North Shore Connector and Northside trolley history

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Above: In 1963, the #13 Emsworth via California Avenue T pouses at the intersection of Federal Streeet and East Ohio.  (Photo courtesy Edward Miller)

Early in January 2012, the North Shore Connector T traveled through the new tunnels below the bed of the Allegheny River. It passed through the unfinished North Side Subway Stationnear PNC Park before emerging onto the elevated trackway which parallels Heinz Field leading to the new Allegheny T Station.

This discreet test run of the controversial North Shore Connector marked a rather overlooked footnote in Northside history. It marked the first time in 46 years since a powered electric trolley car traveled on tracks on Pittsburgh’s Northside.

Who would have believed back in April 1966, when the last of the Northside’s great T system was shut down, that a new-age system would be reborn almost 50 years later? Countless Northsiders grew up here with no concept of the vast T system that once existed.

Before the mid-1960s, electric T lines were operating throughout much of the Northside, North Hills and far beyond. Trolleys ran on tracks once found on the 6th, 7th, 9th and 16th street bridges. These T links reached up into Troy Hill, Mount Troy, Spring Hill, Perry Hilltop and Brighton Heights. Other T lines carried the trolleys to Spring Garden, the Charles Street Valley, Woods Run and out to West View, Etna and far beyond. It was a system of fast, energy-efficient and non-polluting rapid transit.

One of the country’s earliest electric T lines was opened in Allegheny City in 1888. You could say it was the original North Shore Connector.

It connected lower Federal Street with the Perry Hilltop. The success of this speedy line led to many others during the 1890s. Let me add that this new North Shore Connector’s track gauge—that is the distance between the rails on which the wheels sit on the track—is exactly the same 5-footo2 ½ inch as the original North Side trolleys of decades ago.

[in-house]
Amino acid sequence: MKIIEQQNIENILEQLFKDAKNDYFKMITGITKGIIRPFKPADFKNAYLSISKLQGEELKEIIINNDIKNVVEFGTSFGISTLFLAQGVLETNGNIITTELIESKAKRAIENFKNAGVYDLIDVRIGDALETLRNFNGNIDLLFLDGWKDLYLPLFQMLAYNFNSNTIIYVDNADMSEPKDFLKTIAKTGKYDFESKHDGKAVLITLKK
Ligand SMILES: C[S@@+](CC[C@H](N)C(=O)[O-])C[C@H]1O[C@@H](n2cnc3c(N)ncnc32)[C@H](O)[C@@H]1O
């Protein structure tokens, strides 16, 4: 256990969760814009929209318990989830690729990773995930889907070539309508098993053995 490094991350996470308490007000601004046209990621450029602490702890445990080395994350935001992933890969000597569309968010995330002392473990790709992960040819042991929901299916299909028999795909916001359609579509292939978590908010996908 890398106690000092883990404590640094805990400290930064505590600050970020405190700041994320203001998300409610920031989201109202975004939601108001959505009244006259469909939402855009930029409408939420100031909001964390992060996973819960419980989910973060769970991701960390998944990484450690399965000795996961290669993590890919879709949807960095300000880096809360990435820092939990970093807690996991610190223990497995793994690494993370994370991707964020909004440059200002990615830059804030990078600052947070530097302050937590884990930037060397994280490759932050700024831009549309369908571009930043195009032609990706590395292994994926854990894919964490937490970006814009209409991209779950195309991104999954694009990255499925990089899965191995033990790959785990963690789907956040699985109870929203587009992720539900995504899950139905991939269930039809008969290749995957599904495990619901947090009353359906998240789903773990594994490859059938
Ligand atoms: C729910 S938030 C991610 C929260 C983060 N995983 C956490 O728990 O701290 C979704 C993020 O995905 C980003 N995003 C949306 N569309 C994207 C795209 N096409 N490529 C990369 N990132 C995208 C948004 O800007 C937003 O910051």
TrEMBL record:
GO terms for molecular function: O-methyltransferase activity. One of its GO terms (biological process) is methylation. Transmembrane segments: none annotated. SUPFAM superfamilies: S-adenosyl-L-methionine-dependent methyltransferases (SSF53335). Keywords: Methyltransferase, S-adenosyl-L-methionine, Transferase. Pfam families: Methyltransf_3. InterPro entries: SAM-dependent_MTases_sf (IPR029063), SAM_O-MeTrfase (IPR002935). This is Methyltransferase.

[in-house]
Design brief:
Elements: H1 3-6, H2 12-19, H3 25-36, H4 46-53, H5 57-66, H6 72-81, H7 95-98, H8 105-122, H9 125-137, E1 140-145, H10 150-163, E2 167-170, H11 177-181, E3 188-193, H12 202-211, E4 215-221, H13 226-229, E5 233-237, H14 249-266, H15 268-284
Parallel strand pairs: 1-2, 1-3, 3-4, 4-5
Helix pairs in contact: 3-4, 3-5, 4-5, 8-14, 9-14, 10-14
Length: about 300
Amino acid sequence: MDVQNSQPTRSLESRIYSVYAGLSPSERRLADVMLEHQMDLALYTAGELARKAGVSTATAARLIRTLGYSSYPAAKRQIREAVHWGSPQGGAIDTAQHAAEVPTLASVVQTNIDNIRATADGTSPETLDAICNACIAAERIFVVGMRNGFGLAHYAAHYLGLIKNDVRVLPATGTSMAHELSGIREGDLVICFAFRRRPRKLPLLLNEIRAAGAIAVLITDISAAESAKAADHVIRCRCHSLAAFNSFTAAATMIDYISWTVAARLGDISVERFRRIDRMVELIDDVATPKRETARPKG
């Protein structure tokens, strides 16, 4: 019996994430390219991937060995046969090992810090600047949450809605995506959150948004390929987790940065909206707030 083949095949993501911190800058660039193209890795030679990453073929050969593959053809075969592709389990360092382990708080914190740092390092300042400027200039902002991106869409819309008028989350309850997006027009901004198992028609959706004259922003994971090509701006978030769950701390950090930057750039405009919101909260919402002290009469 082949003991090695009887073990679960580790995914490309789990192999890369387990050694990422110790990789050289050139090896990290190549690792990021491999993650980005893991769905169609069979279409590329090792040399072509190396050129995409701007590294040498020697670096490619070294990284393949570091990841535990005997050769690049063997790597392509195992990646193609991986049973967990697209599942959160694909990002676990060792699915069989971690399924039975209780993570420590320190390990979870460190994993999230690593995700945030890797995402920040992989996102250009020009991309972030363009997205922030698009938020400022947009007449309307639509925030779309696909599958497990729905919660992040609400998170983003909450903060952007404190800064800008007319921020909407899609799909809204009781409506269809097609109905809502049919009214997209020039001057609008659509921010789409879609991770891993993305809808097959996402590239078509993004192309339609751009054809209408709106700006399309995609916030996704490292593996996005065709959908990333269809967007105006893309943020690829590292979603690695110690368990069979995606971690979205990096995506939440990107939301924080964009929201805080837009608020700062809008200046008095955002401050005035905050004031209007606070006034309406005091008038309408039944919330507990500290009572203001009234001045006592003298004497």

The steepest regular T line in all of The United States was also found right here for many decades. The track that carried T Route 21-Fineview from Federal Street up the 12.9 percent grade of Henderson Street was steeper than any other US trolley grade without cables or cog-tracks.

 Over a century ago, the area where today’s Heinz Field and River’s Casino now sit, was a segment of Allegheny City known as Old Rebecca. There was actually a T route called the Route 20-Rebecca until 1951. It ran over the Manchester Bridge, the pier of which now houses the Fred Roger’s statue, and ran through Rebecca to the Manchester T Yards.

This new T line has the best potential for future extensions further into the Northside, the North Hills and to the West Hills and airport corridor. Likewise, a dedicated source of funding for transit operations is vital for this region’s future well-being.

Let me further add that the original web of T lines were lost not because they were out dated or old fashioned as some people think. They were lost due to the influence of the anti-rail efforts of the oil and auto industry on the political powers, especially after World War II.

While Pittsburgh’s Northside said goodbye to the original trolleys through the mid-1960’s, ultra-modern new systems were being reborn all over Europe and Asia.

Bryant Schmude is a descendent of the Schmudes who settled in the Woods Run Valley in the 1890s. He currently works at the Pennsylvania Trolley Museum Railway, 1 Museum Road, Washington, Pa. 15301. You can contact him via email at mrconductor2010@yahoo.com .

 

 

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